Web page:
This might not be much consolation, but so many couples start having these conversations when the last child moves away. All too often, problems that have never been talked about suddenly seem to loom even larger now there’s not much else to focus on. Whether it’s something specific that no longer feels do-able in your relationship or just that you’ve drifted apart, the end result is you’re now moving on. It’s clear from your letter that you and your husband have reached a decision and now are facing the task of helping others to understand and accept it.
My sense from your letter is you may feel your boys will have very different responses. You say your eldest may have more than an inkling and may even be expecting it. Even if that’s the case, it will still be a major change in his life and one he may need ongoing help and support dealing with. Even when children see their parents could be happier and more fulfilled apart, it still doesn’t still mean everything hasn’t changed. Yearning for what might have been is something that can affect any child – even the most mature and realistic.
You also feel your youngest is more sensitive and would probably hope you stay together. Unfortunately, while you can explain to him why you and your husband want to separate as carefully as possible, he may still be terribly upset. Of course he will want you to be happy, but may still think that you and your husband might have found a way forward together.
I’m not sure what a ‘proper’ family means for your son. I’m guessing that it might have something to do with mum, dad and kids all being together as a unit. I want to tell you that you will still be a family, even though you’re separated and possibly divorced. The key thing is that even if you and your husband go on to have new relationships, you will still both be parents to your boys. That’s the most important point to get across when you speak to them.
The other important point is to make sure you and your husband talk about each other respectfully and with care. I see many couples where one or both partners regularly off load each other’s ‘failings’ to their children. This is so unhelpful and often very damaging to a child’s wellbeing, no matter how grown up or realistic about their parents’ relationship they have been. Kids need to be able to love both of you, so it’s important to continue to nurture this as you go through this next stage in your lives.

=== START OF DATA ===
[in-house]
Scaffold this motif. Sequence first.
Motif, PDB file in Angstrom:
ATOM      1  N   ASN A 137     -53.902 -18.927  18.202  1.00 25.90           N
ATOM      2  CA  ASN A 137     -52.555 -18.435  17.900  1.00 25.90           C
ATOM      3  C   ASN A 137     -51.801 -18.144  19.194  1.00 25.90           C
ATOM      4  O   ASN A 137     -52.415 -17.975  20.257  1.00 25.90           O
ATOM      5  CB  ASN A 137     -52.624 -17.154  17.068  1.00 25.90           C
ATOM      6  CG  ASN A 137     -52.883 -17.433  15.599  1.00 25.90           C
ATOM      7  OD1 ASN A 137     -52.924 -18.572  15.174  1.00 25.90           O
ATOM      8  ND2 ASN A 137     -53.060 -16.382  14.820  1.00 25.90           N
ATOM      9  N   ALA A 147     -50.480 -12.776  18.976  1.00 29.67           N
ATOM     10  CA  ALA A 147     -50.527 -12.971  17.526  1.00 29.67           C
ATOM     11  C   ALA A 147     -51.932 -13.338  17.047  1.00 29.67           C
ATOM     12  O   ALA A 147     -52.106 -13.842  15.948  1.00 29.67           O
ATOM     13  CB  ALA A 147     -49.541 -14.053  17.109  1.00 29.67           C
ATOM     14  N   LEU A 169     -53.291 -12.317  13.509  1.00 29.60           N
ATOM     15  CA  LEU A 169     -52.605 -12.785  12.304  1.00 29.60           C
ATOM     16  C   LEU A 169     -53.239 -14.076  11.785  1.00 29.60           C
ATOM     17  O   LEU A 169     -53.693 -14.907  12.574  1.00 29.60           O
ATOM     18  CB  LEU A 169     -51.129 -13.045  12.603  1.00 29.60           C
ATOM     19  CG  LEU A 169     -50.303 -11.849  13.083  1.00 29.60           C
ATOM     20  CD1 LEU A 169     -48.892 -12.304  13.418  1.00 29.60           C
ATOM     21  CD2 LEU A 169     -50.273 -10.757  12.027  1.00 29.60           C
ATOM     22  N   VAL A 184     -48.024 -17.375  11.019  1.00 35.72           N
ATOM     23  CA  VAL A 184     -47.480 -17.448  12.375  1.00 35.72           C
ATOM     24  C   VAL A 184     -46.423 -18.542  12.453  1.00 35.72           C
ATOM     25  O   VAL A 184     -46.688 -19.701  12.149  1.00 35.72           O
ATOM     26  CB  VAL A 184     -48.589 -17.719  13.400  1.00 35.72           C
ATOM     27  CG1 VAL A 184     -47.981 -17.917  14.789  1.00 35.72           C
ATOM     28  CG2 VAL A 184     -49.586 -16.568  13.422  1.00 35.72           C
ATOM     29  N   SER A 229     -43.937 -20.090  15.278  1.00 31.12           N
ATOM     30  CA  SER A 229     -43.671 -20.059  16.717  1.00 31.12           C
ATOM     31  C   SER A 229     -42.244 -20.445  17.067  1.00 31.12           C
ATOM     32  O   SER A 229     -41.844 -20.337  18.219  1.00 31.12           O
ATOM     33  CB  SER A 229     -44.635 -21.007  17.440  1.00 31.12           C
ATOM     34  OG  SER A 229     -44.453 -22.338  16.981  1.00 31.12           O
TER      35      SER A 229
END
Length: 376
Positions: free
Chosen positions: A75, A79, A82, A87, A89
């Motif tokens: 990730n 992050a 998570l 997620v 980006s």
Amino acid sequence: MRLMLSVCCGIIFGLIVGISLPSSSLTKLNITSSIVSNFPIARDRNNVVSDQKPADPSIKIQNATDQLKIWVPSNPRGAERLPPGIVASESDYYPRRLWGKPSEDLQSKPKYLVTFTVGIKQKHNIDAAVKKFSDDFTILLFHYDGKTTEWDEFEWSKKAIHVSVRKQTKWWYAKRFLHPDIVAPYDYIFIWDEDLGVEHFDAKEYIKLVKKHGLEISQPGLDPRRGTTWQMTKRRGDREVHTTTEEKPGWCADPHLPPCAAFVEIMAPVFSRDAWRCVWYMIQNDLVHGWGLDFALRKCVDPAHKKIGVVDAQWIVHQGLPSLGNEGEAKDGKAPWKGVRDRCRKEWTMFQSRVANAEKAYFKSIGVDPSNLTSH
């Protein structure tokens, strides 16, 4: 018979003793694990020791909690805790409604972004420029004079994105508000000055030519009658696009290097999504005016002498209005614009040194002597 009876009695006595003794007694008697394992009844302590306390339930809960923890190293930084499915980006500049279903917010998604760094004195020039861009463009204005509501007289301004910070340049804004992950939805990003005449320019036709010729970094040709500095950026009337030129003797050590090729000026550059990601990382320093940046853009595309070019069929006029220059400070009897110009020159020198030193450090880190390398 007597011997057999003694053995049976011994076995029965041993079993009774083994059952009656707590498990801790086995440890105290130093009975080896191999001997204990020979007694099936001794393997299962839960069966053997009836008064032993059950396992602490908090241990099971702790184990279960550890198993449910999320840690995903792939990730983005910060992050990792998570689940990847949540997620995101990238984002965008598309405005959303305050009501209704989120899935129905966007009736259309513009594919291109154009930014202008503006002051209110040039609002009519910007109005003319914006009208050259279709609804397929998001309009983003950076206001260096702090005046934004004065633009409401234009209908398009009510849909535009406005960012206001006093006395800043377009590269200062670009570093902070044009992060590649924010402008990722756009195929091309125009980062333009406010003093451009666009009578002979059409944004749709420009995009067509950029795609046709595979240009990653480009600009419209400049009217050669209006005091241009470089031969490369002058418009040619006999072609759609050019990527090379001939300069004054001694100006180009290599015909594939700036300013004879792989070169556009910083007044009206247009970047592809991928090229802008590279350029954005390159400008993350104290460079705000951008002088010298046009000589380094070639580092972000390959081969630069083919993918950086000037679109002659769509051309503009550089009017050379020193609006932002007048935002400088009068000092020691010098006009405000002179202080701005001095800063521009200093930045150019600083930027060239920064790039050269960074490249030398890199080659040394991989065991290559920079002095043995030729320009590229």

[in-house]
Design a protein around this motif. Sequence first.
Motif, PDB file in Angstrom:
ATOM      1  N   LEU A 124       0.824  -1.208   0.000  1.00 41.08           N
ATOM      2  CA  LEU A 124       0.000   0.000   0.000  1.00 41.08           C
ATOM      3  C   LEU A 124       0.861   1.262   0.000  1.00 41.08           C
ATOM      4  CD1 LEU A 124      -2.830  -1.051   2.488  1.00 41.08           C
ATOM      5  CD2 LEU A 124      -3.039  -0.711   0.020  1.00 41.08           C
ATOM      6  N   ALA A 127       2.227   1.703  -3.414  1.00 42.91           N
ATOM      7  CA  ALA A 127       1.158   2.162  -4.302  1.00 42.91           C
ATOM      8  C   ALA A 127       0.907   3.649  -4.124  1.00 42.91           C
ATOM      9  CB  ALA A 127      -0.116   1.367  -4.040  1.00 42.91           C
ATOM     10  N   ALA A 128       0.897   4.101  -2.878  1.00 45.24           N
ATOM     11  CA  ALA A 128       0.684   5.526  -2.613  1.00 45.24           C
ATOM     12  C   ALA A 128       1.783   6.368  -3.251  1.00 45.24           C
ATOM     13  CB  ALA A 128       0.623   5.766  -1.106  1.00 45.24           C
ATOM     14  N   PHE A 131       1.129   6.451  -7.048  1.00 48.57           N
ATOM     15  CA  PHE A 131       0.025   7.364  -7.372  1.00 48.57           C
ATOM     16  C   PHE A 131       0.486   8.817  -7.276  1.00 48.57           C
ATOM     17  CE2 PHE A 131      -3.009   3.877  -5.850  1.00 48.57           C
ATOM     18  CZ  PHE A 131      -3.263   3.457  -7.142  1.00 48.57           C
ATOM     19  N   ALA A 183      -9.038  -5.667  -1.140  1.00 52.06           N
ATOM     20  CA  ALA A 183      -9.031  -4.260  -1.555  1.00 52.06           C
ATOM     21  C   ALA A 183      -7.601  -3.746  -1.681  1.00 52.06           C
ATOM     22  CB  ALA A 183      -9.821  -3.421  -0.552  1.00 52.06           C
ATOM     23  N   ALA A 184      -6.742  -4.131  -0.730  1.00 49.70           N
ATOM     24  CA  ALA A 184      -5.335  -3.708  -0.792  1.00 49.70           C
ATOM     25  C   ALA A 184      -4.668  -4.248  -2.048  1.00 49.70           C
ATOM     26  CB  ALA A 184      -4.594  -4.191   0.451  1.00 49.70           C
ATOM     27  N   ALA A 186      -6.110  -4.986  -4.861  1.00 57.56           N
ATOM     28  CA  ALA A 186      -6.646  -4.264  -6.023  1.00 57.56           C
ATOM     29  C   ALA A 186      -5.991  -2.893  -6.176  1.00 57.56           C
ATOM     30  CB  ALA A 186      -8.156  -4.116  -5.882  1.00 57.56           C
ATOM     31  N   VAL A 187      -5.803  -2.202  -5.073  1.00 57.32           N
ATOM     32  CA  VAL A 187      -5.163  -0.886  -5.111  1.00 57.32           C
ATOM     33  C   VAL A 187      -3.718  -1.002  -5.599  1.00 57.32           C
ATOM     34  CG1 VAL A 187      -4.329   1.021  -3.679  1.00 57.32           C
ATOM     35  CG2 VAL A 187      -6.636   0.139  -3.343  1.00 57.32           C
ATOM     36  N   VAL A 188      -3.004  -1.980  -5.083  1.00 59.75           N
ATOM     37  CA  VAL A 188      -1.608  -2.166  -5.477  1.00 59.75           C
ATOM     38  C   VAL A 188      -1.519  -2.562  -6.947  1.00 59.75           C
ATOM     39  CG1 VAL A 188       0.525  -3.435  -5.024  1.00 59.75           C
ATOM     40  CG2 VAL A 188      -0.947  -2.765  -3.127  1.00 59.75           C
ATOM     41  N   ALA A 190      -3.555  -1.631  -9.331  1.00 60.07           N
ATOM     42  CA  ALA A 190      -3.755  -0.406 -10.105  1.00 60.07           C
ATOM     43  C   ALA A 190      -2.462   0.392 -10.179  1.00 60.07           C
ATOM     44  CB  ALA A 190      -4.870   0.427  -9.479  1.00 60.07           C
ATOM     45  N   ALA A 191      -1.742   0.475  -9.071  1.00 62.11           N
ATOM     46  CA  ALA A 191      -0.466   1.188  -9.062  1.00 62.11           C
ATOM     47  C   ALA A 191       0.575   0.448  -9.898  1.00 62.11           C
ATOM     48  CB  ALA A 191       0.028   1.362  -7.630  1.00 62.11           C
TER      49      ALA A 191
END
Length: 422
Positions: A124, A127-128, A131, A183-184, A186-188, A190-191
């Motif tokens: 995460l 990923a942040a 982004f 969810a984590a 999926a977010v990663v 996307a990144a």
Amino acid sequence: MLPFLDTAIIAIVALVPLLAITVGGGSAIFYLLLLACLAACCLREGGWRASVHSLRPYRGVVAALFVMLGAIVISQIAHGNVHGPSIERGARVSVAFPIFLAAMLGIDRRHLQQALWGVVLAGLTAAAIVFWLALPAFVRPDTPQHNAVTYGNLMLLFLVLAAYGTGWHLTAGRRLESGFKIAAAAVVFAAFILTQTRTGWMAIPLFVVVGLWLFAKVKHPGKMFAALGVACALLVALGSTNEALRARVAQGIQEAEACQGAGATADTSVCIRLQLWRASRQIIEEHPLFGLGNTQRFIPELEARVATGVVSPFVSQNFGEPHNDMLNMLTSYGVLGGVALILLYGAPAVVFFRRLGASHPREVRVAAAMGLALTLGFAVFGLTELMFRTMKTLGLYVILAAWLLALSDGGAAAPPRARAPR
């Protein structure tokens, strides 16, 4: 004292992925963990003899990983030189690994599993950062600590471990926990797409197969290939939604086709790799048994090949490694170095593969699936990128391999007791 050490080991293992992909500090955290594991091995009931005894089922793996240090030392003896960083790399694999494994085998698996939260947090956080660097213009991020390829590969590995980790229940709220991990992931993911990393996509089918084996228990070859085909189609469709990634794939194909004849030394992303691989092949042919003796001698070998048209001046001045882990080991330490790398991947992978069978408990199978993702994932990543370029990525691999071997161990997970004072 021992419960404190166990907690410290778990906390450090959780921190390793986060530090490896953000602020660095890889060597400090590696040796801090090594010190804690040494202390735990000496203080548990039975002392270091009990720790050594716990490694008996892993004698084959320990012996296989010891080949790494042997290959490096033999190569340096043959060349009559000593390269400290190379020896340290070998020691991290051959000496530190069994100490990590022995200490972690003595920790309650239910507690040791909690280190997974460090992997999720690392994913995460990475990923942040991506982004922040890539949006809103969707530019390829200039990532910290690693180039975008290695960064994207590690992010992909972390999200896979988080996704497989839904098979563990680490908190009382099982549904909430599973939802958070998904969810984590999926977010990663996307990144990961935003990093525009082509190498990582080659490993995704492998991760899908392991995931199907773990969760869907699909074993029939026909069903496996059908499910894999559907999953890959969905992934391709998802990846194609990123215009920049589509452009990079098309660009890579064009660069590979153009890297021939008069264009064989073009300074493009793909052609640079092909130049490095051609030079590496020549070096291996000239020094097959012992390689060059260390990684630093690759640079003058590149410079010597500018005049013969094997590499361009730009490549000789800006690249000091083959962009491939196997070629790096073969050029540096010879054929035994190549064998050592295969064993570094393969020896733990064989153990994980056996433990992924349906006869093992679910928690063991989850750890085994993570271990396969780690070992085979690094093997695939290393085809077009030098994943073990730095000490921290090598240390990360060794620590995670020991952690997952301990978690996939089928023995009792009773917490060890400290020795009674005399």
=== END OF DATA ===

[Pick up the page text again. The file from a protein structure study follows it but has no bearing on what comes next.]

As for actually telling them, I’d recommend being ‘sensitively straightforward’. This might sound like a contradiction in terms but it just means balancing being clear that you’ve made a decision while also making more than enough time for them to ask questions and share their concerns. Do be ready for tears too. Although they’re adults now, you can’t necessarily always expect them to act big and strong. Sometimes when we’re giving people we love information we know may well upset or cause them distress, it can be really easy to close down painful questions and occasionally anger and resentment too. Often it’s a way of protecting ourselves as well. So if they need to cry or be angry, let them. Answer their questions as clearly and honestly as you can and promise (and keep it) to let them know about practical arrangements. Above all, even though you’ll be immersed in sorting things out with your husband, it will be really helpful to make time for the boys to spend time with you individually.
Just a word also about you. You’ve made a decision that feels like the right way forward and may well come with a sense of relief. But don’t assume it won’t come with a sense of loss too. Even when it’s the right thing to do, moving away from a long term partnership can fill any of us with sadness. Just like kids really. Hopefully you and your family will be able to navigate through this next phase in your lives – but be prepared for the first part of the trip to be unpredictable.